Who's Your One Sunday School Guide



Sunday School classes and small groups provide an existing gathering through which people can be trained and encouraged to focus on one person with whom they can share an evangelistic witness (NOTE: While the principles shared in this document apply to both Sunday School classes and small groups, the term “class” will be used for the remainder of the document.)


Identify Your One.


Who’s your one? Imagine if every member of your class could answer that question with the name of a person for whom they are praying and sharing the gospel. The goal of Who’s Your One is for every member to identify at least one person that is lost. One key to this process is for leaders to promote an emphasis on identifying their One. Do not assume everyone in your class will know lost people. Acknowledging the importance of identifying lost people is an important step for class members as they develop a burden for lost people. Consider using two or three to encourage class members to identify their One.


Week 1: Ask group members to begin identifying those from their relational circles who may be lost (family, neighbors, co-workers, friends, etc.).


Week 2: Ask each member to add the identified names to their prayer list.


Week 3: Ask members to prayerfully determine the ONE person who will receive their focus for the campaign.


Intercede for Your One.


Your class time is a great time to pray together for one another’s Ones. We may speak often of the importance of prayer, and we may spend some time praying together as a class. However, spending class time to pray for specific lost people will hopefully:

  • Create a sense of expectation that God will honor the class’s prayers
  • Encourage the individual to pray for their One throughout the week
  • Encourage class members to consider meeting together at other times for the purpose of praying for their Ones


Invest in Your One.


Once class members have identified their One, finding time to build the relationship with their One is crucial. They may have just met them or have known them for years. Remember, their One is not a project, but a person who needs Jesus. Here are three key things that class members can do to develop good relationships:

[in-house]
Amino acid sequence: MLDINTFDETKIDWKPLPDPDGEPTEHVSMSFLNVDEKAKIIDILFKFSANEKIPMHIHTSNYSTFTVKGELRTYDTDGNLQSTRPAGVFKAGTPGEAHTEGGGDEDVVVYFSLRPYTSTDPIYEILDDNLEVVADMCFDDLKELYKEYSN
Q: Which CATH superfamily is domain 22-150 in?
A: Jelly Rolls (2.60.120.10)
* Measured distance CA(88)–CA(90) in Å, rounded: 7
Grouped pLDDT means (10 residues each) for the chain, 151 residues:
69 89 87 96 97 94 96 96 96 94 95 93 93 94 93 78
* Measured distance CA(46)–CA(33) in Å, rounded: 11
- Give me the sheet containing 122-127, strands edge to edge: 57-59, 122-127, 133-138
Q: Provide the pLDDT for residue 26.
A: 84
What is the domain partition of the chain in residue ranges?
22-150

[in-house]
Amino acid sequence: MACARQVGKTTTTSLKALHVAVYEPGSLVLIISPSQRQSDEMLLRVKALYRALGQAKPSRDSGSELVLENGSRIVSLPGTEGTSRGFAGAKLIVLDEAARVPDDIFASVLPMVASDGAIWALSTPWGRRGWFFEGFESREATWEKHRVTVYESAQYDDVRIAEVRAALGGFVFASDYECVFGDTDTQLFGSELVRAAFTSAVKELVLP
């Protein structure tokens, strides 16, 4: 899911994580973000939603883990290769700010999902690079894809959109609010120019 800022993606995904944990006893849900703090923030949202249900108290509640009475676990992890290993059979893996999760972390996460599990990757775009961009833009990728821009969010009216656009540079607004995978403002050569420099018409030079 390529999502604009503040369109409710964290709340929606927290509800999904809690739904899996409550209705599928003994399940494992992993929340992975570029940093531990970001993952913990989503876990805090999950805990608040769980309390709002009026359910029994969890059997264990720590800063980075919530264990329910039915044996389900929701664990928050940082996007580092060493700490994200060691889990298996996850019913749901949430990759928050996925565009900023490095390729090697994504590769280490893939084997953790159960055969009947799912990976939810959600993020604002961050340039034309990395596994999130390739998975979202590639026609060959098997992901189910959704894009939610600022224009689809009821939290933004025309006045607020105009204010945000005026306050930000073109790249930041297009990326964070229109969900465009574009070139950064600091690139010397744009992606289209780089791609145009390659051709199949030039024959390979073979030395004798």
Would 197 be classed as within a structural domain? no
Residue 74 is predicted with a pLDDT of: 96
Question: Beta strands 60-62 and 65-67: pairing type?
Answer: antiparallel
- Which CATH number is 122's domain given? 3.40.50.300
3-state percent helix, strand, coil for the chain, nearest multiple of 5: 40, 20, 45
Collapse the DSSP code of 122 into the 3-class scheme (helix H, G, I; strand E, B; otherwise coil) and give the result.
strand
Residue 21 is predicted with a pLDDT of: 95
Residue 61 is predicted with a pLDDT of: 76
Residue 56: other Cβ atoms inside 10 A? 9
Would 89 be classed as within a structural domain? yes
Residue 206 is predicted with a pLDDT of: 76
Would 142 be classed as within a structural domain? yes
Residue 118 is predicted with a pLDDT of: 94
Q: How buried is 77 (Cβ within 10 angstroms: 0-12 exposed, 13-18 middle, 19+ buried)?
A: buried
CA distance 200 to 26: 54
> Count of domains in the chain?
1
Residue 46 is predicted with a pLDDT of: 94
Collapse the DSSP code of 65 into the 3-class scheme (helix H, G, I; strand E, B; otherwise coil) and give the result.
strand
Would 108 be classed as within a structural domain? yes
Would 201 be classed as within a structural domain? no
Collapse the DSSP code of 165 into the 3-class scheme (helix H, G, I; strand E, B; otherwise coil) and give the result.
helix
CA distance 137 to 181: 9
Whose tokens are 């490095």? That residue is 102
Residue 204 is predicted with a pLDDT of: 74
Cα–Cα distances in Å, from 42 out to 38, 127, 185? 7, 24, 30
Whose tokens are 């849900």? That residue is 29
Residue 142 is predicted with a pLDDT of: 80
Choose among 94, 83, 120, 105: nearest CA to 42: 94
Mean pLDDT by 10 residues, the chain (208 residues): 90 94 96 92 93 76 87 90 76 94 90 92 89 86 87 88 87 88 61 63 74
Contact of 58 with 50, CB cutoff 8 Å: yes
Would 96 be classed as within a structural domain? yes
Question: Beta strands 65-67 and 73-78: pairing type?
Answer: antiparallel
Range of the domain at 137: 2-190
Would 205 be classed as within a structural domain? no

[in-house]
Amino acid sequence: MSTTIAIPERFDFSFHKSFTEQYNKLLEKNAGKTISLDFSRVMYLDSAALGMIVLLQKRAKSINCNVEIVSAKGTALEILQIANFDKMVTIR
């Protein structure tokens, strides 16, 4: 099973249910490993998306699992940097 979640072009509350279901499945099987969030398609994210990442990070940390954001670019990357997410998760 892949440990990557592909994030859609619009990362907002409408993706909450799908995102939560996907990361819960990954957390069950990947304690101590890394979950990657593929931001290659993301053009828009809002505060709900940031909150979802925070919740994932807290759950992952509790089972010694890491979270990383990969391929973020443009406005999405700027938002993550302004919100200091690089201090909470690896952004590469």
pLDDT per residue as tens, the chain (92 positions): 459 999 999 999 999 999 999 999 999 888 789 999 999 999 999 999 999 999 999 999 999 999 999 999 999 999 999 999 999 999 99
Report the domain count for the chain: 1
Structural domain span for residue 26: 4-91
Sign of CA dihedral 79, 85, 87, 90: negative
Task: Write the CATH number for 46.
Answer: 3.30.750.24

• Find common interests and spend regular time with their One (What do they like to do? What can you enjoy together?)
  • Be a good listener…ask good questions and focus on developing a deeper relationship.
  • Be willing to take the 2:00 am call…develop the friendship so that you stand ready and available in a time of need or crisis.


Consider using class time to discuss and celebrate what class members are doing to interact with and build relationships with their One.


Invite their One.


The biggest challenge for class members will be talking with their One about the Gospel. To encourage them, choose a simple gospel presentation to teach during a class meeting (3 Circles, The Best News, Four Spiritual Laws, Share Jesus without Fear, One-Verse Evangelism, etc.). Train class members how to transition a conversation in a way that leads to a Gospel opportunity. Commit to share your own Gospel experiences and provide class time for reporting on and celebrating those efforts.


Connect their One.


As class members identify, pray for, build relationships with, and share the Gospel with their One, some will be saved. When that occurs, the class must be eager to welcome the new believer. In addition to building a relationship with the new believer, you may wish to consider devoting some class time to covering some basics of the Christian faith such as baptism, confessing sin, meaningful Bible reading, prayer, the importance of church, and being a witness for Christ just to name a few